The end of the nineteenth century marked the beginning of Jewish settlement of the land, as well as influx of immigrants. Between 1882 and 1903, at least 25,000 Jews arrived in Palestine on what is called the first aliyah. By 1914 over 60,000 Jews had arrived in the first and second aliyahs. In the first aliyah only about 5 percent of immigrants were involved in building new settlements. However, slowly the idea of establishing a Jewish state began to gain support.
In 1878, 26 Jerusalem Jewish families purchased a piece of land 9 km (5.6 mi.) outside of Jaffa, which was part of the grazing land of the Arab village of Al-Abbasiya. The Jewish site was named Petah Tikva (meaning the “Gate of Hope”). From the beginning the new Jewish rural community came into conflict with local Arab farmers. In 1882 the Jewish settlement of Rishon L’Zion (meaning “First to Zion”) was established. The settlement was founded on land belonging to Arab villagers from `Eyun Qara.
Early colonial activity had lacked funding and organization, but this was soon to change as Zionism gained wider support. European Jewish philanthropists, such as Moses Montefiore and Edmond de Rothschild, started to discreetly negotiate with Ottoman officials to bypass bureaucracy and purchase large areas of land to establish Jewish settlements. The aim was to try to establish a Jewish community which could be financially dependent on the land in order to develop, rather than merely being a small number of poverty-stricken religious Jews living from charity handouts.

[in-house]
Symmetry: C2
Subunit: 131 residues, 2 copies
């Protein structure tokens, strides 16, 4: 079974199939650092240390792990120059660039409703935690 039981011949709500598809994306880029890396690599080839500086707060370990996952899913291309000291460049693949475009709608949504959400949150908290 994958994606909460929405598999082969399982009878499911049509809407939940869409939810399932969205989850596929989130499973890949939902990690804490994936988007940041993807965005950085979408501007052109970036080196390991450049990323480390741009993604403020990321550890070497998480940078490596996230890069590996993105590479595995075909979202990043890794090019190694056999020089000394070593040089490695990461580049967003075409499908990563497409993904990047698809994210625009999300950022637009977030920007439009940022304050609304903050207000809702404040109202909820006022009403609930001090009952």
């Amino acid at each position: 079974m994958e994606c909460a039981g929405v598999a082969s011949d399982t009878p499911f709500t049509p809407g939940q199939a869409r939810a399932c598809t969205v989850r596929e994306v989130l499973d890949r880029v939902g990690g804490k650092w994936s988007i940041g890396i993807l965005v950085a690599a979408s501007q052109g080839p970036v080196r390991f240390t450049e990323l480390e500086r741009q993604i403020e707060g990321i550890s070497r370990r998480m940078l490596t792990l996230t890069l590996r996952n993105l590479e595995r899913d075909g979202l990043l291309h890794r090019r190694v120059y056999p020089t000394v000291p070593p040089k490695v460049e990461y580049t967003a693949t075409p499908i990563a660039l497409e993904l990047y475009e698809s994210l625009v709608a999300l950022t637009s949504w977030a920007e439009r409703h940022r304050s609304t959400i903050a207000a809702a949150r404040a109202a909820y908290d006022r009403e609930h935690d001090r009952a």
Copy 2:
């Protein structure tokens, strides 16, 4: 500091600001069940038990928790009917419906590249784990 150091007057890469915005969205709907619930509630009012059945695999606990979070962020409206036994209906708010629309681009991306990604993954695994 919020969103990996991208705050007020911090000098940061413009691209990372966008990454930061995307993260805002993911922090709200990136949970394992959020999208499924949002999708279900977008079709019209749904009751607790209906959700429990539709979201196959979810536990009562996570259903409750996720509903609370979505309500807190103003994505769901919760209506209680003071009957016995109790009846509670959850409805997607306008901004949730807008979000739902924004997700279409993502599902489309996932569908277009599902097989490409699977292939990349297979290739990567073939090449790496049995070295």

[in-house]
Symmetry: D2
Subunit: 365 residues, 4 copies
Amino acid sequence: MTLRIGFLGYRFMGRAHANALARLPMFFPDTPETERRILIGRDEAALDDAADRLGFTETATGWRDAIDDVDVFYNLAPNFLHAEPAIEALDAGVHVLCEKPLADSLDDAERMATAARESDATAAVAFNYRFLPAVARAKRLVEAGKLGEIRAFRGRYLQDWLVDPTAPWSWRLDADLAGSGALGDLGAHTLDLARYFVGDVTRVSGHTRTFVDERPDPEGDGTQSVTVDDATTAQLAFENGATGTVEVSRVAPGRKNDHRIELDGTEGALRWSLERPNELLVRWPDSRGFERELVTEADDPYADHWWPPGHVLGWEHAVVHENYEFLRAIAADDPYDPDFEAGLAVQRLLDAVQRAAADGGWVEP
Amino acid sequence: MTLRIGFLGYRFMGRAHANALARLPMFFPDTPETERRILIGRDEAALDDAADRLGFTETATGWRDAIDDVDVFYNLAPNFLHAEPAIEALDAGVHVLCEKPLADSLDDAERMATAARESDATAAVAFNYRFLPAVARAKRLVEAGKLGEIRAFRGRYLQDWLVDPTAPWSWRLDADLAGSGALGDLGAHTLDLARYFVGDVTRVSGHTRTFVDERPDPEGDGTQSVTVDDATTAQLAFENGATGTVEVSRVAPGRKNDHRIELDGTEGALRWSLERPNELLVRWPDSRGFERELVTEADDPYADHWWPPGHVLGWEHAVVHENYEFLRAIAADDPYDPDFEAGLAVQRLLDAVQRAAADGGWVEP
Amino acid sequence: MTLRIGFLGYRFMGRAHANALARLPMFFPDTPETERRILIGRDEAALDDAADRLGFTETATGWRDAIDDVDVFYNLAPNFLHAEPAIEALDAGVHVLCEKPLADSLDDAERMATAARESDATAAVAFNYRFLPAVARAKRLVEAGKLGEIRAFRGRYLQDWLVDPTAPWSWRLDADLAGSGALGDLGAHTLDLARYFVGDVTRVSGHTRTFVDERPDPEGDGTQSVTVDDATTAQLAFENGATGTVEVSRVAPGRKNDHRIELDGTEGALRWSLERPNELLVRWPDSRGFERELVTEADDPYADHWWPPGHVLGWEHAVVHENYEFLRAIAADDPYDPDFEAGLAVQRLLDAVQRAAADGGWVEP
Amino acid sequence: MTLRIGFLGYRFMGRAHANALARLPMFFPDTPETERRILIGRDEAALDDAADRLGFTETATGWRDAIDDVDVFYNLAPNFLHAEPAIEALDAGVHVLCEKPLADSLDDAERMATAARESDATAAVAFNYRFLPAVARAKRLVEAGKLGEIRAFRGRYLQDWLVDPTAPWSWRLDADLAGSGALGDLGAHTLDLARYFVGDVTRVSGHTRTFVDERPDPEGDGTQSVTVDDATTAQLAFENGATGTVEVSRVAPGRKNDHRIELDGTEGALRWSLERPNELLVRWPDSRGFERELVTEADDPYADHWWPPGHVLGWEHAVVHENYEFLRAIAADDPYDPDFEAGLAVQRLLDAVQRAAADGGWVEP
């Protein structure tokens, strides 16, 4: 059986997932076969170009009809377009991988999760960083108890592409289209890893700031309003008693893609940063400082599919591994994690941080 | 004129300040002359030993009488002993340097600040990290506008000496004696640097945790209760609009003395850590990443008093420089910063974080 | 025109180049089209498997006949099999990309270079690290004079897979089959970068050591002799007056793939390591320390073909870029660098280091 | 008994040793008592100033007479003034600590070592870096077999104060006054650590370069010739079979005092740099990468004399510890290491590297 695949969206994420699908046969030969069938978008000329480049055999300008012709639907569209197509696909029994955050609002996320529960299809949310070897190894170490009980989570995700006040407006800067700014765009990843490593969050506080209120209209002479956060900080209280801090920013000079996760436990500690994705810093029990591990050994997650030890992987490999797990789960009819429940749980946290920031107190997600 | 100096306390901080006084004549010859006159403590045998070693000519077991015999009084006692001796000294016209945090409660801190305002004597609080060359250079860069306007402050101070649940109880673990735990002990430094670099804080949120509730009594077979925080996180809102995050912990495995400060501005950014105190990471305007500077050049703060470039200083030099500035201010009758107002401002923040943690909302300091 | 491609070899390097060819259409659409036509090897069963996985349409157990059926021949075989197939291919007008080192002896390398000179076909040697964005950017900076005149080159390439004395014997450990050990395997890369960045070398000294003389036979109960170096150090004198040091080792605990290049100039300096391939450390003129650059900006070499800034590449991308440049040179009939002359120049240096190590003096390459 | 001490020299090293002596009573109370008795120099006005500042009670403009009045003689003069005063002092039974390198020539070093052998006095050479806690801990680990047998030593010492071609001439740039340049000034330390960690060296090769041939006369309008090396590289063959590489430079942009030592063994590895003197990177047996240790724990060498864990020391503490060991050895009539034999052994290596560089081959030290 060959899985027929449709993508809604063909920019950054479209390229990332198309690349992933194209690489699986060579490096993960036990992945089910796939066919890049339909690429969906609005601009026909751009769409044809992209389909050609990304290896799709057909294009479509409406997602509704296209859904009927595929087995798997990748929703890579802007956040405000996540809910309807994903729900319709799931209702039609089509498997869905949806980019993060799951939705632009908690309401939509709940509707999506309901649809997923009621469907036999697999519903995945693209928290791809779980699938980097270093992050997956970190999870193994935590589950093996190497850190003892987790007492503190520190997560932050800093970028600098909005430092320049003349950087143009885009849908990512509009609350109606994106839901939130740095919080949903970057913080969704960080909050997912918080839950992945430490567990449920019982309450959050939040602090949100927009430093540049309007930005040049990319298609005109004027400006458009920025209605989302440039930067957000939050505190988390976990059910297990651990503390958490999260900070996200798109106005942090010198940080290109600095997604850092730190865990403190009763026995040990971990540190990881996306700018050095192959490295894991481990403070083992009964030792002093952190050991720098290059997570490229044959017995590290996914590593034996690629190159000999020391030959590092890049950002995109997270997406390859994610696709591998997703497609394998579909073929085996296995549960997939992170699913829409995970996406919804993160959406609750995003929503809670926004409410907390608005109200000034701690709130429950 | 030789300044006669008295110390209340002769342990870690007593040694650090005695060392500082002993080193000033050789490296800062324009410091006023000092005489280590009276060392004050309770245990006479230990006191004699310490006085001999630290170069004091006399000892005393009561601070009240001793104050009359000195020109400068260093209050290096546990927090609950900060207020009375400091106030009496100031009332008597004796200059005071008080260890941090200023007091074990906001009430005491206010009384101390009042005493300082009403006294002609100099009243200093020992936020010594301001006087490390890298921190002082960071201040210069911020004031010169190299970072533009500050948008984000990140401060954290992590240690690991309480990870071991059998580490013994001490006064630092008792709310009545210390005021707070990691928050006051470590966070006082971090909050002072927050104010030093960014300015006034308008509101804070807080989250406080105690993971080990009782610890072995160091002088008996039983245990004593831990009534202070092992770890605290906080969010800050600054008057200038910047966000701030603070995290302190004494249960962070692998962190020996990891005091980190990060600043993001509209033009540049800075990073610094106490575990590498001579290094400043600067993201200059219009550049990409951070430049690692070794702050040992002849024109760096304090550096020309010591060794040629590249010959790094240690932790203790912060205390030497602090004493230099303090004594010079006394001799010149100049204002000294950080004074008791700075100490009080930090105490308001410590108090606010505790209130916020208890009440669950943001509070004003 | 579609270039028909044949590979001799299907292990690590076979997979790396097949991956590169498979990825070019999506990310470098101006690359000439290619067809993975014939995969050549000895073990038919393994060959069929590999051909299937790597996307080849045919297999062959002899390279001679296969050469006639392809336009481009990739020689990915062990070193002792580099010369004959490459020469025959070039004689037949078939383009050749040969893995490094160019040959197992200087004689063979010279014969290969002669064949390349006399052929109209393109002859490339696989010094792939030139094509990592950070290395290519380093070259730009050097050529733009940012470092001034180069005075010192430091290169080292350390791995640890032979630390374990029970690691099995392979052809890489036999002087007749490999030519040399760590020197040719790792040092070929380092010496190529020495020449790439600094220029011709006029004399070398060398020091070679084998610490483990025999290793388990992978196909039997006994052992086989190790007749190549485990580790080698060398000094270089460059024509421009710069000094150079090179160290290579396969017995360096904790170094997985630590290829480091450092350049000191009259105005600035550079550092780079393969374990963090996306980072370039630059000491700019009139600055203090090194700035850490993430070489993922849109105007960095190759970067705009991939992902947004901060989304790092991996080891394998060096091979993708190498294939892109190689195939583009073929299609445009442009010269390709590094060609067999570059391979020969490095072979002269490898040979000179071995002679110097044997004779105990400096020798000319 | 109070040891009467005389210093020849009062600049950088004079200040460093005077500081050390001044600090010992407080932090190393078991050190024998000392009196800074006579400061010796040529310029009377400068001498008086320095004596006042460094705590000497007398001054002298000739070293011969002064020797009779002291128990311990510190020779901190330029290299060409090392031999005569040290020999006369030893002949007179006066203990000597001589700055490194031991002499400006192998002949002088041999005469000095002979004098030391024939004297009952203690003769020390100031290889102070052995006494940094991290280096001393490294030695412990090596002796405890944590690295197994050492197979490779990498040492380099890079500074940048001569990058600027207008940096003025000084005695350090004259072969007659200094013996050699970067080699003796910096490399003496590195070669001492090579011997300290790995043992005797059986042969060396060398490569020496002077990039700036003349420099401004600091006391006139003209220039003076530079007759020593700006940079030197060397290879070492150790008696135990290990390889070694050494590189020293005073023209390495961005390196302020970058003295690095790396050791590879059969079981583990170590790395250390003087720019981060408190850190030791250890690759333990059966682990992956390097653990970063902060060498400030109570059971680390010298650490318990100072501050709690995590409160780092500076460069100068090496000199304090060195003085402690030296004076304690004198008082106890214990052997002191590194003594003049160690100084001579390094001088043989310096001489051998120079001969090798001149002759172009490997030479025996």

Birth of Zionist Land Organizations
Edmond de Rothschild 1835 – 1934—Financial backer of Zionist settlement project
In 1896 Maurice de Hirsch established a branch of his Jewish Colonization Agency in Palestine. Four years later, by the time the World Zionist Organization (WZO) was established, Edmond de Rothschild had invested in plantation development and training to nurture 22 plantation colonies. A year later in 1901, the Jewish National Fund (JNF) was established in London. The JNF’s explicit mandate was to acquire land in Palestine that would remain inalienably Jewish (illegal to sell on to non-Jews) and only employ Jewish labor.
By 1914 some 30 Zionist settler colonies had been founded. The majority of the new Jewish settlers kept European nationality, which gave privileges under the Ottoman system. The second wave of immigrants had produced leaders of the kibbutz movement, whose plans for demographic domination and Jewish labor plantations stirred a great rift between the previously peaceful mixed Palestinian community.
For their part, the Ottomans tried to limit mass land acquisition and immigration, but had their hands tied by European pressure and also corruption and greed of officials and large landowners. Vast estates were thus purchased by Zionists from absentee landlords in Beirut above the heads of Palestinian tenants and sharecroppers. The sale of the land by the Sursock family in Marj ibn Amer is a noted case. Contrary to Zionist propaganda, over 90 percent of these sales were made by foreign Turkish Ottoman notables rather than by the Palestinian occupants themselves.
So as Europe marched on to destroy the crumbling Ottoman Empire, the Palestinians (as with the rest of the Ottoman Arab world) feared an uncertain future. Palestinian fellahin (peasants) faced increasing problems finding work, as new immigrants dispossessed them of their land and livelihoods. Some 11,000 Jewish immigrants were working on 47 rural plantations and cooperatives across the land, supervised and subsidized by the WZO. Zionists in Europe, most notably Britain, were pushing for validation of their colonialist project in Palestine.